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The titanium dioxide in Teva's tablets is a coloring component of the tablet film coating. A film coating is applied to the core of tablet products for a variety of reasons, including protecting the drug from its surrounding environment, masking unpleasant tastes or odors, and easing the swallowing of drugs. The titanium dioxide percentage in Teva's tablets is less than 0.8%.

Teva's capsules form less than 0.2% additional lactam when stored for 24 months at room temperature. Those conditions are harsher than those set out in the '482 patent. Teva's tablets formed less than 0.2% additional lactam when stored for 12 months at room temperature. Those conditions are equivalent to the conditions set out in the '482 patent.

STANDARD OF REVIEW

Summary judgment is a procedural tool that obviates the need for trial by identifying and disposing of groundless claims and defenses. Celotex Corp. v. Catrett, 477 U.S. 317, 323-24, 106 S.Ct. 2548, 91 L.Ed.2d 265 (1986). Relief is warranted where "the pleadings, depositions, answers to interrogatories, and admissions on file, together with the affidavits, if any, show that there is no genuine issue as to any material fact and that the moving party is entitled to a judgment as a matter of law." Fed.R.Civ.P. 56(c). To resist, the adverse party must set forth specific facts that demonstrate the existence of a genuine issue for trial and may not rest on bare allegations or unsubstantiated defenses. Fed.R.Civ.P. 56(e); Anderson v. Liberty Lobby, Inc., 477 U.S. 242, 248, 106 S.Ct. 2505, 91 L.Ed.2d 202 (1986).

The mere existence of some alleged factual dispute between the parties will not defeat an otherwise properly supported motion for summary judgment. Once the proponent discharges its Rule 56(c) duty, the burden shifts to the adverse party to show that material facts are genuinely controverted. Matsushita Electric Indus. Co. v. Zenith Radio Corp., 475 U.S. 574, 586, 106 S.Ct. 1348, 89 L.Ed.2d 538 (1986).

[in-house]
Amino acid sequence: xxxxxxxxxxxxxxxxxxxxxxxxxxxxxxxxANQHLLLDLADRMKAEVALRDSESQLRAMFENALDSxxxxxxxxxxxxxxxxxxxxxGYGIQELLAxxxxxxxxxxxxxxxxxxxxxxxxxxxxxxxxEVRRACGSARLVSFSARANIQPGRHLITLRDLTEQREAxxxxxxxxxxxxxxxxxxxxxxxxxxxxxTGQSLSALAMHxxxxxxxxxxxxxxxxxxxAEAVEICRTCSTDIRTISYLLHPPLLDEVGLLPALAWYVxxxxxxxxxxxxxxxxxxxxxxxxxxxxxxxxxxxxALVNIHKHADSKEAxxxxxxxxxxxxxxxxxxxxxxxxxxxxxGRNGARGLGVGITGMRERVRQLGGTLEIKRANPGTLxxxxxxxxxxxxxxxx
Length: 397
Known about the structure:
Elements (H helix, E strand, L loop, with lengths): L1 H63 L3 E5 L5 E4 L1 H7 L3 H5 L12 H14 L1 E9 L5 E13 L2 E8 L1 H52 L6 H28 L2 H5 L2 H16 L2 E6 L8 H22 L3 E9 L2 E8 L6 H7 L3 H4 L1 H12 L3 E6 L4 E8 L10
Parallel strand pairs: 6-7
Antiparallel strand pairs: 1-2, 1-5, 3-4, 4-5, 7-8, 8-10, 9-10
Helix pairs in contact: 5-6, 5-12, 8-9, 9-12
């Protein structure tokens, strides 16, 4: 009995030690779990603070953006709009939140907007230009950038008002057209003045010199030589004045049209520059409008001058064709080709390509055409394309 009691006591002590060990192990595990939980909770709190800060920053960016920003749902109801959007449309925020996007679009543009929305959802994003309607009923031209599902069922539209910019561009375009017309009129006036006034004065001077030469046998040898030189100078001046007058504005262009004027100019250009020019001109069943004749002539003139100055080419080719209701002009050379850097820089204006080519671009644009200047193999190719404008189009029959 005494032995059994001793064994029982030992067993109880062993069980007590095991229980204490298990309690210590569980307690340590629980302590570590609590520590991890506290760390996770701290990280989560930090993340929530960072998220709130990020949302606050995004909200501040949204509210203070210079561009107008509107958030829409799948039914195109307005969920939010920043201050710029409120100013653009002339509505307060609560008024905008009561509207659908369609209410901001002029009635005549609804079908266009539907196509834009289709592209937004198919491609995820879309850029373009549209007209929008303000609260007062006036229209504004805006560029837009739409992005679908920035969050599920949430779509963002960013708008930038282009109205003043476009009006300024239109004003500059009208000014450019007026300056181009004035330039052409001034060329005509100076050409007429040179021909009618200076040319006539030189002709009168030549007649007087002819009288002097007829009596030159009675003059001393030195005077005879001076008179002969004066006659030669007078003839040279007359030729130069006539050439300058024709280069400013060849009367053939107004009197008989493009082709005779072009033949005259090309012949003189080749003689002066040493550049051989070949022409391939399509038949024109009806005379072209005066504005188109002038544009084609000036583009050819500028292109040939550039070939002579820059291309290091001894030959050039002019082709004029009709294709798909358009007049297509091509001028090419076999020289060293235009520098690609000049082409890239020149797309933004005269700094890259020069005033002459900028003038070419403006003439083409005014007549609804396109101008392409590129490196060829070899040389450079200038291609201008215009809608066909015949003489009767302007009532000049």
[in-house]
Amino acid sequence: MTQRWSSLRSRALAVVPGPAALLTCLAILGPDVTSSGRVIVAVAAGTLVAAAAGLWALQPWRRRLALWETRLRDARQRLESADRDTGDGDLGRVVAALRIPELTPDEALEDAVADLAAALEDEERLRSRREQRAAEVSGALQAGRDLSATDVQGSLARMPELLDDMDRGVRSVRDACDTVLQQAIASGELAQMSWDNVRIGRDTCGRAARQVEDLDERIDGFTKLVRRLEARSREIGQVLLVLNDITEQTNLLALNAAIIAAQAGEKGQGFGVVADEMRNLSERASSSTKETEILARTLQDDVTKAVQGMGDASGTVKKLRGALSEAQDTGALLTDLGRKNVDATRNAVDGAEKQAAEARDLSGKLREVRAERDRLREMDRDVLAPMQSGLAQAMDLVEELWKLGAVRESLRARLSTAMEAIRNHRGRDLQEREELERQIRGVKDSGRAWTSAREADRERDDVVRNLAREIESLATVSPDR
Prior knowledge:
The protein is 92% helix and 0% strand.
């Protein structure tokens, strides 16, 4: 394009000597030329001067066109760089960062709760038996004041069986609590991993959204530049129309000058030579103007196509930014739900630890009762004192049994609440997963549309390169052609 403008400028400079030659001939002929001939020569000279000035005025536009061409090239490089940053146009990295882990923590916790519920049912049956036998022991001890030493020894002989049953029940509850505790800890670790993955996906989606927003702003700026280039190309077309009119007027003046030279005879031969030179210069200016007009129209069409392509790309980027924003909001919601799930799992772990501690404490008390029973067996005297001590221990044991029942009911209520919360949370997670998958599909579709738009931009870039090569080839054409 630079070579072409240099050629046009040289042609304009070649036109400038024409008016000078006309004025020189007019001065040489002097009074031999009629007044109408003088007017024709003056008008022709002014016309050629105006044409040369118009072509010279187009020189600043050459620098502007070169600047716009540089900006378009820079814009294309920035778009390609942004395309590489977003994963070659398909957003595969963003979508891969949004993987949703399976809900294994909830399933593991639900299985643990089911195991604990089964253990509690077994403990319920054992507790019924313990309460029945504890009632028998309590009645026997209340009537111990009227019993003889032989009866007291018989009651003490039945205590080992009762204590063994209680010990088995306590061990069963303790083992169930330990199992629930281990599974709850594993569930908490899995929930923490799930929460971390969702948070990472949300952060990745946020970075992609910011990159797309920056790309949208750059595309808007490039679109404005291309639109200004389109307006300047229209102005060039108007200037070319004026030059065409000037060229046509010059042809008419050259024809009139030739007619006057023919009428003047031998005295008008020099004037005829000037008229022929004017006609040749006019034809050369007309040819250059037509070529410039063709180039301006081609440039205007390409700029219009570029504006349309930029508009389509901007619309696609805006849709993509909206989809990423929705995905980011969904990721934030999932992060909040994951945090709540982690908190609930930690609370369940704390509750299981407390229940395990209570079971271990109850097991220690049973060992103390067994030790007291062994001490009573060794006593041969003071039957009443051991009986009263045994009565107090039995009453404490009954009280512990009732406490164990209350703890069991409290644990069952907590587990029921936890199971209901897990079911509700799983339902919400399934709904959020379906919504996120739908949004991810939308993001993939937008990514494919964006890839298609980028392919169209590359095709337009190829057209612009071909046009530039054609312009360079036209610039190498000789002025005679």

Materiality and genuineness are the touchstones of summary judgment law. A dispute is genuine only if the evidence is such that a reasonable fact-finder could find in favor of the nonmoving party. Anderson, 477 U.S. at 248, 106 S.Ct. 2505; Matsushita, 475 U.S. at 587, 106 S.Ct. 1348. To determine whether the proofs create a jury question, the Court must take into account the apposite evidentiary burden. Anderson, 477 U.S. at 254-55, 106 S.Ct. 2505. If the proofs presented would permit a jury applying the governing evidentiary standard to find for the adverse party, then a genuine factual dispute exists. Id. at 255, 106 S.Ct. 2505. Whether those disputed facts are material depends on the applicable substantive law. Id.

Because summary judgment involves a pretrial adjudication on the merits, the adverse party enjoys the benefit of various procedural protections. For example, the Court must view the evidence in the light most favorable to the adverse party and accord that party the benefit of all legitimate inferences. Matsushita, 475 U.S. at 587, 106 S.Ct. 1348. Moreover, the Court may not take credibility issues from the fact-finder. Anderson, 477 U.S. at 255, 106 S.Ct. 2505.

"Summary judgment is as appropriate in a patent case as it is in any other case." C.R. Bard, Inc. v. Advanced Cardiovascular, Inc., 911 F.2d 670, 672 (Fed.Cir.1990). Where the material facts regarding the contents of the accused product are not in dispute, "the question of whether [the accused product] literally infringes the asserted claim of the ... patent turns on the interpretation of those claims," which is purely a legal question for the court amenable to summary judgment. K-2 Corp. v. Salomon S.A., 191 F.3d 1356, 1362 (Fed.Cir.1999) (citing Athletic Alternatives, Inc. v. Prince Mfg., Inc., 73 F.3d 1573, 1578 (Fed.Cir.1996)).

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